Amy Webb: Well, so that's the--so again: How did we wind up at this point? Why would somebody think--this, see, constantly ask these questions. So, why would somebody have thought to make that? And you could argue that one of the things that the modern Internet brought us was tyranny of choice. Right? And we have access--you know, when I think of when I first moved to Japan in the '*ahem, ahem, ahem,*' mid-1990s, long time ago, you know, there was no Internet where you could buy stuff. There was an Internet; but e-commerce was very, very early. And if I wanted Crest toothpaste, I had to FAX my request to the foreign buyers' club and wait for a month. The fact that you can now order that on Amazon--you know, as well as like any other thing that you--
Russ Roberts: Express. You've got a lot of choices in some cities--
Amy Webb: Right. You could argue that using AI to make recommendations was simply an antidote to the tyranny of choice which we created for ourselves in the early days. And, one could certainly argue that that's not necessarily a bad thing. I mean, the big joke at Netflix now is that Netflix will literally green-light everything. Right? Which is why there's sooo much stuff on Netflix.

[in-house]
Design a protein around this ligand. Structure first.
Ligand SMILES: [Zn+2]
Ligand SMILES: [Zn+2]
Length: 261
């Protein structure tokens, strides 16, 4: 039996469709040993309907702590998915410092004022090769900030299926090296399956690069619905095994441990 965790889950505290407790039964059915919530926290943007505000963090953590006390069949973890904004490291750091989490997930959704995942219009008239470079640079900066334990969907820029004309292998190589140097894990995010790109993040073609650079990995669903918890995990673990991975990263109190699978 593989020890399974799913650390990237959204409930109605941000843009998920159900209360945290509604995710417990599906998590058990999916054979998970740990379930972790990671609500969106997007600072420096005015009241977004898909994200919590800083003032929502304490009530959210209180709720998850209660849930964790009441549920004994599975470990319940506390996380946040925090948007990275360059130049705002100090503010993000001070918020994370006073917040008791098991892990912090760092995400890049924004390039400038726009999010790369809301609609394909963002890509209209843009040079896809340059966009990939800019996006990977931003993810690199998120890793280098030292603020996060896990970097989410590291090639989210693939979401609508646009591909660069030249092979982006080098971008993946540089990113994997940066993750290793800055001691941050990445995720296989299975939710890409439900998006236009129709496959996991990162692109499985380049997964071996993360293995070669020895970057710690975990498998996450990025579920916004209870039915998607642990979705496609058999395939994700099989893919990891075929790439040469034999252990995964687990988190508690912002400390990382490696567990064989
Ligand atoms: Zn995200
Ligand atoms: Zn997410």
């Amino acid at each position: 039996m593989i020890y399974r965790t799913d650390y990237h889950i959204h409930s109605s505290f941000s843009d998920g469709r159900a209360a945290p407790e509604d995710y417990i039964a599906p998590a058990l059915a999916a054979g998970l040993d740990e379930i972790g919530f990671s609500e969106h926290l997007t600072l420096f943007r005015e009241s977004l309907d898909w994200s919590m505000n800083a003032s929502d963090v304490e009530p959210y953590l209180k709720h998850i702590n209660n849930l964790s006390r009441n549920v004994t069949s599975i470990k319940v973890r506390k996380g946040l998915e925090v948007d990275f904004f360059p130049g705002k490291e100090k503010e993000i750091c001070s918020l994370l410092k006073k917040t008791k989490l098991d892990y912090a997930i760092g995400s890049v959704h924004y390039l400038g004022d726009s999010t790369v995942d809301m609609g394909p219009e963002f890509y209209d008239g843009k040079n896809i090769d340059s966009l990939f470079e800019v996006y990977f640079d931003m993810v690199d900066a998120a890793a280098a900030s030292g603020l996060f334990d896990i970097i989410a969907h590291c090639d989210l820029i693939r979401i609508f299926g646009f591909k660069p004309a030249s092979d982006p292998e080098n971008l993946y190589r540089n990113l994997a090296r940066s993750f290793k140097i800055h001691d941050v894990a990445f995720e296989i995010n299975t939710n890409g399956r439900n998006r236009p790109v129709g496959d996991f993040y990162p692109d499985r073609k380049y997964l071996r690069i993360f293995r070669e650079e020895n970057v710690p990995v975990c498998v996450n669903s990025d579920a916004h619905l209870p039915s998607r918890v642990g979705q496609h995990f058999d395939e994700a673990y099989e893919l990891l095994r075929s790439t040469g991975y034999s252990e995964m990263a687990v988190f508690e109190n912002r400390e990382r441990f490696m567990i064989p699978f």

Russ Roberts: It looks that way.
Amy Webb: To the point now where--it's hard to know--if you compare Netflix 3 or 4 years ago, it's hard to find, to surface[?] great content. So, that's one side of the coin. The other side of the coin is: Nobody asked me what I wanted. And somebody somewhere made a decision that this nudging is best for me. And, let me give you a concrete example of how that manifests in my life, in the real world. I have not been in a car accident. I think I'm a pretty safe driver. I don't tend to break the rules. The car that I drive, when I back into my driveway, the sound automatically turns itself down. So, I have a--
Russ Roberts: On the radio--
Amy Webb: On the radio. So, I have a parking pad. I don't live on a busy street. I have a garage that's tucked pretty far away. And I always back in. And, somebody decided that it was best for me, as the driver, to automatically turn that radio down, regardless of what I'm listening to, regardless of what kind of driver I am--any time that I've got my car in reverse. There's no law saying--there's no Federal mandate or law requiring that. There's no statistic--as far as I know, there's not enough data saying that an accident will be prevented or some huge number of accidents will be--
Russ Roberts: [?]